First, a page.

7 Ways to Free Yourself from the Need to Control

By Katherine Lundgren 10/20/15

Emotional contracts involve the thoughts, feelings and behaviors that one picks up out of a perceived obligation to other people.

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How to Break Your Emotional Contracts
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As a kid, I constantly assessed the emotional temperature of a room and then used my voice as a human thermostat. I did this unconsciously. I remember watching Saddam Hussein on television when I was in first grade and thinking, “if I could just talk to him, I bet I could sort this whole thing out.”

I never learned the coping strategies necessary to navigate strong negative emotion. Anger, fear and sorrow resulted in explosive scenes throughout my childhood, and I became hypersensitive to these emotions in others. Whenever I encountered them, I tried to change them as quickly as possible.

The great irony to this behavior is that, while I believed myself to be an emotional ventriloquist, what I actually did was absorb others’ feelings, causing me to lose my autonomy. I remember trying to cheer up one friend who was having a hard time. She told me pointedly, “I don’t want to play your little games.” I wasn’t playing games; I was trying to make her feel better! What she was addressing was the manipulative nature of my consolation. Even now, I wince at my memories of attempting to control or avoid others’ negative emotions. There were so many people whose feelings I found unbearable, and I wound up cutting them out of my life. I lost connections that were profoundly important to me, because I didn’t know how to navigate conflict. It was devastating.

It’s called an emotional contract because it feels inescapable, but we do have agency. It can change.

Over time, I have learned to untangle, and ultimately dissolve, the emotional contracts that have kept me from creating and maintaining strong, intimate relationships. My avoidance of conflict has been replaced by a willingness to discuss problems in a candid and loving way. I have nurtured my relationships with my friends and relatives and have found a partner with whom to raise a family. Ultimately, I’ve learned how to stop looking to others as a conduit of personal fulfillment.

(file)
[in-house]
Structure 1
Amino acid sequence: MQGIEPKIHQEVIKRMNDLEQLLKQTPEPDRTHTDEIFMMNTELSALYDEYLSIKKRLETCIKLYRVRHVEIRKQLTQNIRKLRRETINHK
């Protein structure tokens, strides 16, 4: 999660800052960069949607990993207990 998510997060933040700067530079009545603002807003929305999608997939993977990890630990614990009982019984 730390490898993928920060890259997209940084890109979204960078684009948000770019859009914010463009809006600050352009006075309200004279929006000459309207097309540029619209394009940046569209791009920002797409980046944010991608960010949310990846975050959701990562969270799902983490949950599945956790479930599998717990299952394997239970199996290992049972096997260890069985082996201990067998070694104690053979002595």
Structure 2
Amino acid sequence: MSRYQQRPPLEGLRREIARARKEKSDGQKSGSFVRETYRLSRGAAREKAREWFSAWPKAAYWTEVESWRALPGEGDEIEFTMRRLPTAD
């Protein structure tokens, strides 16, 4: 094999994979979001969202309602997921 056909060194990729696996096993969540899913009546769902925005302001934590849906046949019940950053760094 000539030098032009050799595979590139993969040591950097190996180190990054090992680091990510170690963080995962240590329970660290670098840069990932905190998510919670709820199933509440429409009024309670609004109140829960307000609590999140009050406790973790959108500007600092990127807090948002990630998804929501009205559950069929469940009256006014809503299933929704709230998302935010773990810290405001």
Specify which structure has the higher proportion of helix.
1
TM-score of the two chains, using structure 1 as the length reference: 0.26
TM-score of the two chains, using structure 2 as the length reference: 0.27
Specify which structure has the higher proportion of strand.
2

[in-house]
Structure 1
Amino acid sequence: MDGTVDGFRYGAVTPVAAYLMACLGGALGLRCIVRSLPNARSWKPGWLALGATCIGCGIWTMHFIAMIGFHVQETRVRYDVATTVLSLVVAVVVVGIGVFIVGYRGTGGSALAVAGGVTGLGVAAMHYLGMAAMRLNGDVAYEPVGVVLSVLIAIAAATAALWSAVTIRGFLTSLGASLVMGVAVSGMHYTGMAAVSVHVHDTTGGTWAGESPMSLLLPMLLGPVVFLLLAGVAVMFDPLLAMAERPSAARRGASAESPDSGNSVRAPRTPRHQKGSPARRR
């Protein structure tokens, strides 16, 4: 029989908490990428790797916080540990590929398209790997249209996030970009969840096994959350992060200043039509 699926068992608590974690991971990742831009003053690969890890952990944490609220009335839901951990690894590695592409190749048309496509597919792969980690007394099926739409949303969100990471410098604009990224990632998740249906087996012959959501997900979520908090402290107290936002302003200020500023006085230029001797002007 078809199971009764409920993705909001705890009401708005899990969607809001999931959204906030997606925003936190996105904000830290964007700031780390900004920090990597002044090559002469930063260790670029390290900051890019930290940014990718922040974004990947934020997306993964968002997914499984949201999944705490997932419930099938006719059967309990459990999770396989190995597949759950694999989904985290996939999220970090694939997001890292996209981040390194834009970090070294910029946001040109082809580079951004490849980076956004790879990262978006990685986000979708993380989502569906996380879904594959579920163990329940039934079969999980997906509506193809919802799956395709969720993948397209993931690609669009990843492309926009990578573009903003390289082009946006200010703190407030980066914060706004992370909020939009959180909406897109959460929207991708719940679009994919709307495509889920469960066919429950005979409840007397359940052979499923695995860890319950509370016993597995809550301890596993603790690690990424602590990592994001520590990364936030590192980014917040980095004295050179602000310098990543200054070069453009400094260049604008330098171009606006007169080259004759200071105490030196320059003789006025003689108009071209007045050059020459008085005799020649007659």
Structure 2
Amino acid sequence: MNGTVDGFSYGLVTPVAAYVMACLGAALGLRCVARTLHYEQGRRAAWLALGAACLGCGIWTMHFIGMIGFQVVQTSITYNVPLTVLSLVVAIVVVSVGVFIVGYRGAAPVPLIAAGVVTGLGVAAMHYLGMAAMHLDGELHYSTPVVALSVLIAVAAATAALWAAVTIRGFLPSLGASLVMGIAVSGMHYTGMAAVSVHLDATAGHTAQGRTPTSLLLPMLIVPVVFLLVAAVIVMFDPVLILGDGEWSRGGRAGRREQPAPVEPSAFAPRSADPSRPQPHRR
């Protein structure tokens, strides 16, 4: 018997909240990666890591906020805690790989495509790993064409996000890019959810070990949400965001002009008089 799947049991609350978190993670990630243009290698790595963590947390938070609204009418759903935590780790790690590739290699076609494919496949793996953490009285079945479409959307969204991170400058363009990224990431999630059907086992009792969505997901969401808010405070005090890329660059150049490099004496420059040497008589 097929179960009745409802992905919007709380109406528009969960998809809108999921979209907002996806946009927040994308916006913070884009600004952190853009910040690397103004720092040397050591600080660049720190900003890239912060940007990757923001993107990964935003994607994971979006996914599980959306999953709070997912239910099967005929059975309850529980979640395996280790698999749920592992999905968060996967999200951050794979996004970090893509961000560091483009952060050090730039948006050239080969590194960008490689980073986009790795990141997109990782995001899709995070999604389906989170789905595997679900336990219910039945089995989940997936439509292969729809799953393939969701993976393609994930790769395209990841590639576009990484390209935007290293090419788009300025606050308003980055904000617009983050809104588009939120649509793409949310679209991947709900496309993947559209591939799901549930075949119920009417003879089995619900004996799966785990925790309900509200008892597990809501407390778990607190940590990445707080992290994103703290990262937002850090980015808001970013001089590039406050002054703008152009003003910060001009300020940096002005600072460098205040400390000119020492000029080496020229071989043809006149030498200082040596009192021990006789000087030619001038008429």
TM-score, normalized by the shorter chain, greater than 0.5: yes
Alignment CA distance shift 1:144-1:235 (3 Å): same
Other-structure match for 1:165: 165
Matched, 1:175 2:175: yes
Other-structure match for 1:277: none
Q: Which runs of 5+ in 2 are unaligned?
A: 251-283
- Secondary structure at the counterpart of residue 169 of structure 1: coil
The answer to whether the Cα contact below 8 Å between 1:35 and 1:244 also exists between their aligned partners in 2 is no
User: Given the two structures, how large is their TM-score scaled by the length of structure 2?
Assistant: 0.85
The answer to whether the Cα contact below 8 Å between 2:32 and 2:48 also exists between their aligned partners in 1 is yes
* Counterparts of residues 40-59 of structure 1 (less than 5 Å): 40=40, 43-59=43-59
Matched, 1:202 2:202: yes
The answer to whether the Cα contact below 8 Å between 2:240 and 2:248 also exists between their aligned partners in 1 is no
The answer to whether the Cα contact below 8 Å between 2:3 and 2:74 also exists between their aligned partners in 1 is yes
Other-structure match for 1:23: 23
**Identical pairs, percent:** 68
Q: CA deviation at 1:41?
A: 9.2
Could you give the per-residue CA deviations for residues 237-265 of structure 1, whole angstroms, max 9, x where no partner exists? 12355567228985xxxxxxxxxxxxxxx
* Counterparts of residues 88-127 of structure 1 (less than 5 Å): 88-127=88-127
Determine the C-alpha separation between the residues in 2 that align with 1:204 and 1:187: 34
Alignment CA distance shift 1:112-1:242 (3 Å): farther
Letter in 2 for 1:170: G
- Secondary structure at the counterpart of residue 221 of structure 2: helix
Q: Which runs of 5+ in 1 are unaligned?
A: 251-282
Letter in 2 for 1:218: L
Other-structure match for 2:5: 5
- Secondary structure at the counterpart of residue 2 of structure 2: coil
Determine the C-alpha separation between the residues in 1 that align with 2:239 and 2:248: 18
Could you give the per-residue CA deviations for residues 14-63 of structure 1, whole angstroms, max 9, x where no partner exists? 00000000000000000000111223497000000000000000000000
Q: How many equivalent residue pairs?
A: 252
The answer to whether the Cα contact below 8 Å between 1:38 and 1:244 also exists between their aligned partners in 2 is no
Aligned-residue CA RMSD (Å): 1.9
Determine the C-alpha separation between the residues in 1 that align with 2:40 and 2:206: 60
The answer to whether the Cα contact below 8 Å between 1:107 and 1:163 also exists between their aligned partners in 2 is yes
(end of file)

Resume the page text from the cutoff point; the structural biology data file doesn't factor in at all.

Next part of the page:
1. Recognize the emotional contracts in your life

Are you afraid to ask someone for clarity on a situation because you think they might be mad at you for asking? Do you hesitate to pursue a goal because you think someone might be disappointed with your decision? Do you obsessively re-evaluate what you’ve said over the course of a conversation based on the person’s facial expression or tone of voice? If so, you have an emotional contract! Sometimes I feel so relieved when I see the situation for what it is.

2. Feel everything

Once the full weight of an emotional contract is acknowledged, the impact can be dizzying. We may have wasted years pursuing something we did not truly enjoy, or we may have limited our ability to relate to others in a way that had potentially damaging consequences for the relationships in our lives today. It is easy to feel overwhelmed. It’s also tempting to act feverishly to set everything right. Be gentle, and move carefully. It will pass. And when it does, you begin to recognize who you truly are from a quiet place within, allowing you to identify what you actually want, and how to draw that into your life.

3. Accept the situation for what it is